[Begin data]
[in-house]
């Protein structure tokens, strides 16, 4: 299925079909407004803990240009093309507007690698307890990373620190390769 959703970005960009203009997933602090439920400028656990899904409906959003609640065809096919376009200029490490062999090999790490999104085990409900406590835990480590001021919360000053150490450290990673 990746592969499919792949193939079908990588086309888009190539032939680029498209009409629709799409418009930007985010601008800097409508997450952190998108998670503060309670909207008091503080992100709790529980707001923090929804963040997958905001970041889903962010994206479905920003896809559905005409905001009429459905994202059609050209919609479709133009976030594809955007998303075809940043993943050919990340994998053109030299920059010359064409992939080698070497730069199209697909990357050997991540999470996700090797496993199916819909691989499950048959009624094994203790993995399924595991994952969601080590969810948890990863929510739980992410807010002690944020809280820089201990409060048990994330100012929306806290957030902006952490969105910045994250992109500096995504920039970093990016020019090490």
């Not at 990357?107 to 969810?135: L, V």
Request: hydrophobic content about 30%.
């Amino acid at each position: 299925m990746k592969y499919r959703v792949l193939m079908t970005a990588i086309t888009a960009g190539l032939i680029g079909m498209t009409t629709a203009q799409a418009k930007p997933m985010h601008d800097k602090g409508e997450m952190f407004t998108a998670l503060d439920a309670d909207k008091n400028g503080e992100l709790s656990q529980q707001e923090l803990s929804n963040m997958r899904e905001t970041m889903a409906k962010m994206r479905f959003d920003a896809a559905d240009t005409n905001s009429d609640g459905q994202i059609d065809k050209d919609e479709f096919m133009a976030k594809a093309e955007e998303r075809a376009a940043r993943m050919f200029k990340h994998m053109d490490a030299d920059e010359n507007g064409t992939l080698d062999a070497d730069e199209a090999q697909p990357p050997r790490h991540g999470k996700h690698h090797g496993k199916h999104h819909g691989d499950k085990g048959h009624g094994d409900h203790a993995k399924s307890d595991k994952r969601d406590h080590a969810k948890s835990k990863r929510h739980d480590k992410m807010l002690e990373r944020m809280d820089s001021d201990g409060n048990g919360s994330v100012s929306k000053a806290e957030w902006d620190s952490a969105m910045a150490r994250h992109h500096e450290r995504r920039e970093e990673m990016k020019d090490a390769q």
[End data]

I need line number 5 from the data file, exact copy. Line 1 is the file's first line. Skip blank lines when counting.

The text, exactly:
């Amino acid at each position: 299925m990746k592969y499919r959703v792949l193939m079908t970005a990588i086309t888009a960009g190539l032939i680029g079909m498209t009409t629709a203009q799409a418009k930007p997933m985010h601008d800097k602090g409508e997450m952190f407004t998108a998670l503060d439920a309670d909207k008091n400028g503080e992100l709790s656990q529980q707001e923090l803990s929804n963040m997958r899904e905001t970041m889903a409906k962010m994206r479905f959003d920003a896809a559905d240009t005409n905001s009429d609640g459905q994202i059609d065809k050209d919609e479709f096919m133009a976030k594809a093309e955007e998303r075809a376009a940043r993943m050919f200029k990340h994998m053109d490490a030299d920059e010359n507007g064409t992939l080698d062999a070497d730069e199209a090999q697909p990357p050997r790490h991540g999470k996700h690698h090797g496993k199916h999104h819909g691989d499950k085990g048959h009624g094994d409900h203790a993995k399924s307890d595991k994952r969601d406590h080590a969810k948890s835990k990863r929510h739980d480590k992410m807010l002690e990373r944020m809280d820089s001021d201990g409060n048990g919360s994330v100012s929306k000053a806290e957030w902006d620190s952490a969105m910045a150490r994250h992109h500096e450290r995504r920039e970093e990673m990016k020019d090490a390769q």